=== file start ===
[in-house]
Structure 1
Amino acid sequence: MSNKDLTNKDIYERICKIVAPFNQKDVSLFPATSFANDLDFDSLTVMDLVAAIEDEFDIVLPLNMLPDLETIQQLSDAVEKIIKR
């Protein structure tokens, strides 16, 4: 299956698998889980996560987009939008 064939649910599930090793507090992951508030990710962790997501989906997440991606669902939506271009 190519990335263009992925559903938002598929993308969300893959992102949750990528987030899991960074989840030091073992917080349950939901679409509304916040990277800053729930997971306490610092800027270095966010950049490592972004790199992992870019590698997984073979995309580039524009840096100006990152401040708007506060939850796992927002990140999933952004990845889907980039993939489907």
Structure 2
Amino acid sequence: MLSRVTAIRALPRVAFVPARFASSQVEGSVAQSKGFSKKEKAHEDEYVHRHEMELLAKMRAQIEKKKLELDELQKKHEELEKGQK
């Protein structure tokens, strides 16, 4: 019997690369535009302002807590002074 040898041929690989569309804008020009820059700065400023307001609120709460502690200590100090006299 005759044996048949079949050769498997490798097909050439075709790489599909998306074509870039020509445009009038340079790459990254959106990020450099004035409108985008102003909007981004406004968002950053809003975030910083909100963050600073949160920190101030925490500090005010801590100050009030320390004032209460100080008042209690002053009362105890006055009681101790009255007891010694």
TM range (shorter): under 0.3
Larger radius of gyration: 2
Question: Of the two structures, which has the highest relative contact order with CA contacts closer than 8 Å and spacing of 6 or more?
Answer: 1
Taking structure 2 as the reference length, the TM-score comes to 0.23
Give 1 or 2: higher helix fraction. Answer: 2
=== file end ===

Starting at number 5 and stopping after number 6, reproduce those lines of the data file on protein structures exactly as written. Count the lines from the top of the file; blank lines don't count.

Structure 2
Amino acid sequence: MLSRVTAIRALPRVAFVPARFASSQVEGSVAQSKGFSKKEKAHEDEYVHRHEMELLAKMRAQIEKKKLELDELQKKHEELEKGQK